Oyster Bay’s Gianni Paci just wrapped a video for his new single “Long Time.” The singer/songwriter/guitarist recorded the song at the Richie Cannata-owned Cove City Sound Studios (Billy Joel, Jennifer Lopez), with producer Eren Cannata. The song is an introduction to his new sound, which features a contemporary-pop spin on the more retro-minded songwriting he honed under his old pseudonym, The Pine Hollows. Paci discussed his first single, “Goodbye,” and working with Cannata back in February. He looks forward to releasing a full-length and can’t wait to return to Cove City in the fall to work on more of his music. That means more singles and more videos.
Filmed in Greenpoint, Brooklyn, “Long Time” was directed by Patrice Lighter of LGTR Productions.
“Patrice did an amazing job of capturing just what kind of emotions fostered the song—that nostalgia for a time in the past, and that sense of impatience that goes along with waiting for something else good to come along,” noted Paci. “I wrote the song about one of my first loves, and how a high-point in our relationship seemed to signal the beginning of the end of my childhood, naiveté and inexperience. High school can be such a crazy time, and I think the lyrics reflect that kind of back-to-school excitement and malaise. As the songwriter and the subject of the song, I am proud of what we had, acknowledging its end but, at the same time, missing it terribly. Patrice put me back in a lot of the clothes I hadn’t worn since, and it helped me get back into character.”
The NYU grad recently performed at NYC’s Sidewalk Cafe, and you can catch him at The Dolphin Bookshop in Port Washington on Friday, September, 5th at 7pm.
“When performing live, I mostly stick to original material,” said Paci. “I’m quite the productive songwriter so I’m always testing out my originals live—whether it’s a new song or something I may have written a year or two ago but it’s feeling more relevant than ever in the moment. Being a solo artist means that I can keep things fresh and spontaneous in this way, and in my experience it seems to keep things exciting for the audience too. I would love to be remembered the way that Billy Joel is and to share that sense of Oyster Bay pride with him.”
Get intimate with 3 Doors Down Tuesday at The Space at Westbury
Image: Daren Searcy
Well I took a walk around the world to ease my troubled mind
I left my body lying somewhere in the sands of time
But I watched the world float to the dark side of the moon
I feel there is nothing I can do
In the nineties, 3 Doors Down drew crowds from the Deep South of its native Mississippi to New York’s (now defunct) CBGB’s. The early 2000s brought post-grunge mega hits like “Kryptonite,” “When I’m Gone” and the ballad “Here Without You.” Their latest studio release, 2011’s Time of My Life, debuted at number 3 on the Billboard charts. Then they released The Greatest Hits in 2012, which included nine remixed number ones and three new songs, including “One Light.” Having sold over 20 million albums worldwide since the start of their career, the alt-rockers are working on a new album set for release in 2015.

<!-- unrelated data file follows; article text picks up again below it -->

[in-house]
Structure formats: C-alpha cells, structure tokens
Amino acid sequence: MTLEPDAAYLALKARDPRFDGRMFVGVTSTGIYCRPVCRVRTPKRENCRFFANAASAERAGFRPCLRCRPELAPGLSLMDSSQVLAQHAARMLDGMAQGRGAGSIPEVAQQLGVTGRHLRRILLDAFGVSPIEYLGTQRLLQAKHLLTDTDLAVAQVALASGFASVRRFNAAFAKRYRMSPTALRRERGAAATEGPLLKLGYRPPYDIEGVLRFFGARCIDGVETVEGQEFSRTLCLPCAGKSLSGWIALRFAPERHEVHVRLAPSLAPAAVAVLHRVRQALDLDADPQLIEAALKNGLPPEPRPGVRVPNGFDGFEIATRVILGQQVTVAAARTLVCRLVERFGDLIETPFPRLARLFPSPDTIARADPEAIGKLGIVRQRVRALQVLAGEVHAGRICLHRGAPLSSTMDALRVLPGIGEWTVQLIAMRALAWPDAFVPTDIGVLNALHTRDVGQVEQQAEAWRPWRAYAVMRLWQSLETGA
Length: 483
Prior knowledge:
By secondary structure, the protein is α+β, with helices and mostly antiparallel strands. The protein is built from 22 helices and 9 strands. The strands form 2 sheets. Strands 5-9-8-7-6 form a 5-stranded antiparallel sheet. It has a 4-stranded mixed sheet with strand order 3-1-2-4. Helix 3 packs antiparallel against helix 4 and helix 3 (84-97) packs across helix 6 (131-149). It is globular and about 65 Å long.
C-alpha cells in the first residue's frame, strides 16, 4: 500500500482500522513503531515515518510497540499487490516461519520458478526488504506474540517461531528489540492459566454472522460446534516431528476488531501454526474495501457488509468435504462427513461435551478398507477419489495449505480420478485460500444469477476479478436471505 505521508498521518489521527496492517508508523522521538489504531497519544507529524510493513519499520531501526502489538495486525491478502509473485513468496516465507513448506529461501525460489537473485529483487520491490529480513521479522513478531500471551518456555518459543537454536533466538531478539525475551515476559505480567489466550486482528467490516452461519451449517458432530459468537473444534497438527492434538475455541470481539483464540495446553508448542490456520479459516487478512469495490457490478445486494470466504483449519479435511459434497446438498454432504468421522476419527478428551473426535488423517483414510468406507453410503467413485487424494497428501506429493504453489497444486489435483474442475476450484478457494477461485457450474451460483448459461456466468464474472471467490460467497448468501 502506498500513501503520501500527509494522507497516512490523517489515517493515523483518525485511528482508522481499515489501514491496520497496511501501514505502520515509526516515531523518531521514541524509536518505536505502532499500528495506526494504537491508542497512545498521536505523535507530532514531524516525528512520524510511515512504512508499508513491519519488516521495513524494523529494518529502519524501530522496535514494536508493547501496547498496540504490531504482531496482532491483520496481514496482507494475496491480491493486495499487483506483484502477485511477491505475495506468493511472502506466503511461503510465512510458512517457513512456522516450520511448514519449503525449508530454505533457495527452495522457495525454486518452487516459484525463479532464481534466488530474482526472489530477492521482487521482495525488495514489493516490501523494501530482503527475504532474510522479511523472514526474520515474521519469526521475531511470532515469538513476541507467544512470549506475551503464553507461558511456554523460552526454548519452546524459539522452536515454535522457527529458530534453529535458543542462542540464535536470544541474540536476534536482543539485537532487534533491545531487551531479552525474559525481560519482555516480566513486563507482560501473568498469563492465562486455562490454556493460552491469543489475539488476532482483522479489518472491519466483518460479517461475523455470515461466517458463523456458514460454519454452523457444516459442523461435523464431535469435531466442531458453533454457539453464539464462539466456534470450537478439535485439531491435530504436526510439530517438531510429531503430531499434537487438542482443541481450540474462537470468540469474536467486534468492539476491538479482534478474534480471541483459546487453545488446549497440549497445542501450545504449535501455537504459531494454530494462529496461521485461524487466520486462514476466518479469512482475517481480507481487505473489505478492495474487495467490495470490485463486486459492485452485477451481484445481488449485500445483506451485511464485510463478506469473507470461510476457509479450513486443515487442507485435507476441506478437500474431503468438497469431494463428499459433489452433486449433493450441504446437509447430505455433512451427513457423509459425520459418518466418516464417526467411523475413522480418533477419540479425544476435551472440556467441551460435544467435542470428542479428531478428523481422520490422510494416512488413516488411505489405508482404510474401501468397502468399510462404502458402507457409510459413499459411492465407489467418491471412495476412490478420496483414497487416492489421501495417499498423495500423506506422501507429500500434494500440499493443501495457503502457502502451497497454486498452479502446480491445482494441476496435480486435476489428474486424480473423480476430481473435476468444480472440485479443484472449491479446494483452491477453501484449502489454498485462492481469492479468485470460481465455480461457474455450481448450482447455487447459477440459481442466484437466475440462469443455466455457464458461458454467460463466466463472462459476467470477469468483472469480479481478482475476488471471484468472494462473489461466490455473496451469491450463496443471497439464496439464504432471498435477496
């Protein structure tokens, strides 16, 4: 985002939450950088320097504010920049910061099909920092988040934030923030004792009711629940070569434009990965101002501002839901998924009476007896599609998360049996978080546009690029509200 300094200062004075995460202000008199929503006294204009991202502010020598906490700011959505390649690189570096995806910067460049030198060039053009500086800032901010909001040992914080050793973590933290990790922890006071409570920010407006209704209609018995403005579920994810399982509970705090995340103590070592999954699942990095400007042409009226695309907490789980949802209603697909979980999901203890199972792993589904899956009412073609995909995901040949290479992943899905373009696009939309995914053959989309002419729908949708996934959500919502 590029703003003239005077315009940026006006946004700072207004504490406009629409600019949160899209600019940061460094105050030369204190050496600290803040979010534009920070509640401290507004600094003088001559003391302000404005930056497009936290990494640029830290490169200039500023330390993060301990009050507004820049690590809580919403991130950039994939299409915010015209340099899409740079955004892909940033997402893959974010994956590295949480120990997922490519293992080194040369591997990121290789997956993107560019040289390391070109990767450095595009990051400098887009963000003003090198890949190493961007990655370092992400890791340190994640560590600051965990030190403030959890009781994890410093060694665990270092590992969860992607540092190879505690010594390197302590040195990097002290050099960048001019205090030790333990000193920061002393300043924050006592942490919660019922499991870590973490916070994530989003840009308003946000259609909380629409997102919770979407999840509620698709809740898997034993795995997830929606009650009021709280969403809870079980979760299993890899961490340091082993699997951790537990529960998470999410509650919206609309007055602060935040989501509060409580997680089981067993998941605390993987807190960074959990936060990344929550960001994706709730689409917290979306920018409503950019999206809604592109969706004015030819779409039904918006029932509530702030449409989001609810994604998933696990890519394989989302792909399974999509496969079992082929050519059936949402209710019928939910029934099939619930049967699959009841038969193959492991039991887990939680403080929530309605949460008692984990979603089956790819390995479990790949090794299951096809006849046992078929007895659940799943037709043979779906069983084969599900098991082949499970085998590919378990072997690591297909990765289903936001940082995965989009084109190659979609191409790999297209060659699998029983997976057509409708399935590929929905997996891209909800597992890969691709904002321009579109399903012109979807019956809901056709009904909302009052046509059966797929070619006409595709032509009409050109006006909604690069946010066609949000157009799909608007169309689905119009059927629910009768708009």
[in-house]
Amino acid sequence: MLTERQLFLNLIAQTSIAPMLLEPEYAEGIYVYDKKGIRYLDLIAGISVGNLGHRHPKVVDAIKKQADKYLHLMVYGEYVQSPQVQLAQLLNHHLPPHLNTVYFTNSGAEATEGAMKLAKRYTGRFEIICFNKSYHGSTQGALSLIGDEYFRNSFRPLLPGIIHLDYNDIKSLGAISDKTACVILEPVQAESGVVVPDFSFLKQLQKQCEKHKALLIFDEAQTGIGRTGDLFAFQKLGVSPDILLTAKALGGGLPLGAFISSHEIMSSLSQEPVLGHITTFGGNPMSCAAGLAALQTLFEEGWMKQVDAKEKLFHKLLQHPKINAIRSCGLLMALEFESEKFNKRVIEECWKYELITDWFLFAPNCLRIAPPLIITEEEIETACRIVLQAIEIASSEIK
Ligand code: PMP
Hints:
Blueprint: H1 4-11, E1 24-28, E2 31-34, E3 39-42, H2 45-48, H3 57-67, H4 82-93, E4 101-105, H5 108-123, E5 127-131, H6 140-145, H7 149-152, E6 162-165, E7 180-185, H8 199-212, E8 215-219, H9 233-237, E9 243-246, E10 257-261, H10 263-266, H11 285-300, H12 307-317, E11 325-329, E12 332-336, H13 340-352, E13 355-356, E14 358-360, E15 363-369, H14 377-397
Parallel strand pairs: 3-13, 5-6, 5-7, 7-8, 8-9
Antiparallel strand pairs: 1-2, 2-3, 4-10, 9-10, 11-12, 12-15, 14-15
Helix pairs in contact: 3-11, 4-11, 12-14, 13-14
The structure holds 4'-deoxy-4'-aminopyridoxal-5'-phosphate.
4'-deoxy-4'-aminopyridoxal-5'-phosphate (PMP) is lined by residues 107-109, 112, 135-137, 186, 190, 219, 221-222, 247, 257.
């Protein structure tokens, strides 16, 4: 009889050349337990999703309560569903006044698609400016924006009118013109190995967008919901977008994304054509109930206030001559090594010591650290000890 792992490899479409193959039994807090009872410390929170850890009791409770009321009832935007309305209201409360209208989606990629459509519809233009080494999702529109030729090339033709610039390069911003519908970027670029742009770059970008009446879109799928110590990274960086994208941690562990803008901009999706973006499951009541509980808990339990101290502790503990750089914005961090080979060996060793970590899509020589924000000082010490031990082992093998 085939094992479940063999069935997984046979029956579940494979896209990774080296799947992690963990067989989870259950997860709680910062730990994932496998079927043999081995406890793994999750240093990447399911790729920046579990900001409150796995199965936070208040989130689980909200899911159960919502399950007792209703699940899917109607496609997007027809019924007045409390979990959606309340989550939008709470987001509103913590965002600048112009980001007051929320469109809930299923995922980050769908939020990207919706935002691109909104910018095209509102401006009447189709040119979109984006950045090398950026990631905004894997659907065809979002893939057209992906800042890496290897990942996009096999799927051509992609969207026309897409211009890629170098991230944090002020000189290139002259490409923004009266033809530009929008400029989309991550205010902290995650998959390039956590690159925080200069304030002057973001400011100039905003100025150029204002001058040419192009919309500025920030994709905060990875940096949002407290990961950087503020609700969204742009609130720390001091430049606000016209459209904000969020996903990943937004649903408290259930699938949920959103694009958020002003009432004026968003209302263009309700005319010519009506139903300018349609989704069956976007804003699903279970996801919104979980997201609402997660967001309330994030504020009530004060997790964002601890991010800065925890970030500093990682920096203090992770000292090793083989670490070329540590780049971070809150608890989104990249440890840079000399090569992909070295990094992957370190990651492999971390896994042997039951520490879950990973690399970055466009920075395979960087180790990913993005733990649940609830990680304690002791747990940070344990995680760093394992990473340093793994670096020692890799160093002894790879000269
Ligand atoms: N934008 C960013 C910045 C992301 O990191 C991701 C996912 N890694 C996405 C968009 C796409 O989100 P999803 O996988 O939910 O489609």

3 Doors Down has been getting good feedback on the three new songs they’ve completed from the upcoming record: rocker “You Better Believe It,” the Latin-infused “I Don’t Want to Know” and the reflective “Pieces of Me.” Frontman Brad Arnold recently said this about the upcoming record: “I want it to be fun and have some substance to it. I think people are done with songs that are so serious. I think we got that out of our system in the late 90s and 2000s.”
The quintet has played Jones Beach and they sold out The Paramount in Huntington last year. Now you can catch 3 Doors Down: vocalist Brad Arnold, lead guitarist Chris Henderson, drummer Greg Upchurch, guitarist Chet Roberts and bassist Justin Biltonen —in an intimate setting when they bring their acoustic tour, Songs from the Basement, to the Space at Westbury on Tuesday, July 29th. Expect to hear the hits, some deep cuts from their catalog and some surprises. And check out opener Amy LaVere, an Americana singer/songwriter/upright bassist from Tennessee.
Indulge in a Free Sound Buffet with Johnnie Lee Jordan on Huntington’s Chapin Rainbow Stage
I love you like the pink in a rose
From your halo to the rings on your toes
Baby, let me take you out dancing tonight
—From “Cherry Bop” by Johnnie Lee Jordan